Bar Admission & Exam Preparation

After law school comes the bar exam, a final hurdle before practice. Preparing for the exam is intense and demanding‚ but you don’t have to do it alone! At Texas Law, we have resources and people to help. Director of Student Affairs Christopher Sokol is available to offer personalized advice and counseling and provide feedback on practice essays. Christopher also holds informational sessions and offers mock exams.

The information below is designed to help you navigate the bar exam successfully. If navigating this process is overwhelming, or confusing, or just plain intimidating, talk to us! With our guidance and your determination, we are confident that you will achieve your goals and embark on your legal career.

Bar Admission Process

Your first step is choosing where to take the bar exam and ensuring you’re eligible to take it. Each state has its own requirements and deadlines, so begin by reviewing these. Below are the requirements for Texas, California, and New York, the states most commonly selected by Texas Law students and new graduates.

Texas and 35 other states use the Uniform Bar Exam (UBE). The UBE results in a portable score that can also be used to transfer to other UBE jurisdictions. The UBE is administered over two days, with the Multistate Essay Examination (MEE) and Multistate Performance Test (MPT) given on the last Tuesday in February and July, and the Multistate Bar Examination (MBE) given the following day. Jurisdictions that use the UBE may also require applicants to complete jurisdiction-specific law component.

Multistate Professional Responsibility Exam (MPRE)

Almost all states require that students pass the MPRE to be admitted to the bar. The MPRE is a two-hour, 60-question multiple-choice examination that is administered three times per year (August – November – March). We recommend that you take the MPRE exam during your 2L year. The registration deadline for the November 2023 MPRE is September 12, 2023.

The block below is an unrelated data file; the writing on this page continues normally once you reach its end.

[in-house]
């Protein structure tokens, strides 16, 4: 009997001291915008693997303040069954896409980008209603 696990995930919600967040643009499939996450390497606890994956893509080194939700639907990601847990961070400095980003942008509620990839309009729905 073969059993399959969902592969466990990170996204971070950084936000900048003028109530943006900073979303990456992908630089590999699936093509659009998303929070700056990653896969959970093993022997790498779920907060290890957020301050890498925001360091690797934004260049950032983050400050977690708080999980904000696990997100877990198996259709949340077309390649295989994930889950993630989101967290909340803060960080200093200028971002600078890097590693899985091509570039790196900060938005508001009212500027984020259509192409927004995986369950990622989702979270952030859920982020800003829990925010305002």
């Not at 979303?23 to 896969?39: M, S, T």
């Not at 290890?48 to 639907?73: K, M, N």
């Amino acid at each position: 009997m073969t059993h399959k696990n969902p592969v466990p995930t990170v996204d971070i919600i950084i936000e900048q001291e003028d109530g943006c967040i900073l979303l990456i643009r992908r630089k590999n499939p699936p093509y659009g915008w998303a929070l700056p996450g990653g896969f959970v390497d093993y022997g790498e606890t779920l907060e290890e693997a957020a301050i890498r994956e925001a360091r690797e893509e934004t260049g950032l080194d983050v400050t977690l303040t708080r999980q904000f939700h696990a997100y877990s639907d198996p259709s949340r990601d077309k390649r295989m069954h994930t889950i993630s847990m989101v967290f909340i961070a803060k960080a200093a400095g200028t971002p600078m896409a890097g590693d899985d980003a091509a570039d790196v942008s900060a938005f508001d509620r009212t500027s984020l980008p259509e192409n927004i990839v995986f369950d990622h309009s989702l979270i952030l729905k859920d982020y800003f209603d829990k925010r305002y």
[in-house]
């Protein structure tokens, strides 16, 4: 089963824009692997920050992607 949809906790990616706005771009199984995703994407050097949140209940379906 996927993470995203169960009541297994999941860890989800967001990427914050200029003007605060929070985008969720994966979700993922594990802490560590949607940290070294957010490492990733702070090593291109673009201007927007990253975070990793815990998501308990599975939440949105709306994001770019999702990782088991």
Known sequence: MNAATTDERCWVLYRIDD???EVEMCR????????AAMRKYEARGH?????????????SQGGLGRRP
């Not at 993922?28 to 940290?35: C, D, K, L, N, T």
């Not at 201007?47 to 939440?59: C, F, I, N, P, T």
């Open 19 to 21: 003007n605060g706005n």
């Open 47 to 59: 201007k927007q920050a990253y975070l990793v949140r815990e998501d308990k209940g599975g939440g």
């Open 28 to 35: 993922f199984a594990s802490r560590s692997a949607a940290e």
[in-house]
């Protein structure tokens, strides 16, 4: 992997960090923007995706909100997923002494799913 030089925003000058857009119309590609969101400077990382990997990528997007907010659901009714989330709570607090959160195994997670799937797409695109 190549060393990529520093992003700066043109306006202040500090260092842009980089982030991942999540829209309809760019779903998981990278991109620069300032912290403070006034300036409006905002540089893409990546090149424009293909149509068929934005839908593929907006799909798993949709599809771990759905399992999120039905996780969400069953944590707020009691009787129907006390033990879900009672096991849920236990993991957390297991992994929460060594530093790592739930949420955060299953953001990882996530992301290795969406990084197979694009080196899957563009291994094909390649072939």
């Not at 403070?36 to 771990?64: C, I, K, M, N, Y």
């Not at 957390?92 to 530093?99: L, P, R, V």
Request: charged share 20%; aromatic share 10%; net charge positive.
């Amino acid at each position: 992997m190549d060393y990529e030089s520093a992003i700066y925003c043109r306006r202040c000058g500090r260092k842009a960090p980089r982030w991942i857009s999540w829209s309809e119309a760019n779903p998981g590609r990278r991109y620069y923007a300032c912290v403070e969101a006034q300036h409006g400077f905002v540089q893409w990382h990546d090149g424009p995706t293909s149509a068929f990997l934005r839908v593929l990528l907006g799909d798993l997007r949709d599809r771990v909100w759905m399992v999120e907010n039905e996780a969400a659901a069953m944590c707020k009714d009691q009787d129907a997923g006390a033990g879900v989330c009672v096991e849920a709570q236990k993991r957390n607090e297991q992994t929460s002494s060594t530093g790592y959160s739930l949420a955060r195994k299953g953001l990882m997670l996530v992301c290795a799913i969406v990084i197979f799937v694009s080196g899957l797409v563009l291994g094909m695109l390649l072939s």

Admission to the State Bar of Texas

Admission to the State Bar of Texas is a multi-step process:

  1. Submit a Declaration of Intention to Study Law by October 1st of 1L year (or within 60 days of transferring from an out-of-state school);
  2. Apply to take the bar exam after graduation; and
  3. Complete the Texas Law Component.

For more information about the bar admission process in Texas, visit the Board of Law Examiners website.

Texas Bar Exam Deadlines

Registration OpensTimely Filing DeadlineLate Filing DeadlineFinal Filing Deadline
February ExamJune 30September 1November 1 ($150 late fee)December 1 ($300 late fee)
July ExamDecember 4February 1April 1 ($150 late fee)May 1 ($300 late fee)

Admission in other jurisdictions

New York

J.D. students commencing their studies after July of 2016 must satisfy one of five pathways established under Section 520.18  of the New York Court of Appeals’ Rules for the Admission of Attorneys and Counselors at Law. 

Applicants must also complete 50 pro bono hours prior to admission.

To learn more about bar admission in New York, visit the Board of Law Examiners website.


California does not use the Uniform Bar Exam. Instead, it requires the California Bar Examination. To learn more about bar admission in California, please review the Admissions Requirements.

For information about other state bar exams, visit the NCBEX website.

Bar Preparation Courses

While we cannot tell you what to do, every student at Texas Law will get the same first piece of advice from us: Take a bar preparation course!

Each semester, at Texas Law Marketplace, a number of bar prep course providers visit campus. This event is a valuable opportunity for you to explore your options and select the course that best aligns with your needs.

We recognize that bar prep courses — and living expenses while studying for the bar — are expensive. Students pursuing public service careers, and other students with financial barriers to purchasing a course, may be eligible for financial assistance from the Law School.

Disability Accommodations

Receiving accommodations at the Law School does not guarantee that you will receive accommodations on either the MPRE or the bar exam. Each of these exams has a separate accommodations application process and requirements for documentation. You are encouraged to submit applications for accommodations as far in advance as possible.